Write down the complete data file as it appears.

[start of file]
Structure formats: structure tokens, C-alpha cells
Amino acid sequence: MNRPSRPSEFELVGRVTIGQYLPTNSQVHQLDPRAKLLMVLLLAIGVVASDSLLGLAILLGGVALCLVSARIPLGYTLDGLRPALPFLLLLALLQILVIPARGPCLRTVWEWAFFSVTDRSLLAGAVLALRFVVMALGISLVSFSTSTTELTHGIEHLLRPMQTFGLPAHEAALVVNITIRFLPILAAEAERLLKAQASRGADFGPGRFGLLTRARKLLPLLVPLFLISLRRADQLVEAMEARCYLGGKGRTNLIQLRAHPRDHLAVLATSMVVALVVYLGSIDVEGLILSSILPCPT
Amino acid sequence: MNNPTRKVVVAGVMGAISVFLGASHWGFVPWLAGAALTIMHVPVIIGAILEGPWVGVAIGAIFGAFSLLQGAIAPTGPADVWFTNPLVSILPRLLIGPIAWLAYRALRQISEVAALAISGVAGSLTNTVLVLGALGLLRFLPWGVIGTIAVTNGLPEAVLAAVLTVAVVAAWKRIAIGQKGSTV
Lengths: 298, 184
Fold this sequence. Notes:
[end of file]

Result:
Structure formats: structure tokens, C-alpha cells
Amino acid sequence: MNRPSRPSEFELVGRVTIGQYLPTNSQVHQLDPRAKLLMVLLLAIGVVASDSLLGLAILLGGVALCLVSARIPLGYTLDGLRPALPFLLLLALLQILVIPARGPCLRTVWEWAFFSVTDRSLLAGAVLALRFVVMALGISLVSFSTSTTELTHGIEHLLRPMQTFGLPAHEAALVVNITIRFLPILAAEAERLLKAQASRGADFGPGRFGLLTRARKLLPLLVPLFLISLRRADQLVEAMEARCYLGGKGRTNLIQLRAHPRDHLAVLATSMVVALVVYLGSIDVEGLILSSILPCPT
Amino acid sequence: MNNPTRKVVVAGVMGAISVFLGASHWGFVPWLAGAALTIMHVPVIIGAILEGPWVGVAIGAIFGAFSLLQGAIAPTGPADVWFTNPLVSILPRLLIGPIAWLAYRALRQISEVAALAISGVAGSLTNTVLVLGALGLLRFLPWGVIGTIAVTNGLPEAVLAAVLTVAVVAAWKRIAIGQKGSTV
Lengths: 298, 184
Fold this sequence. Notes: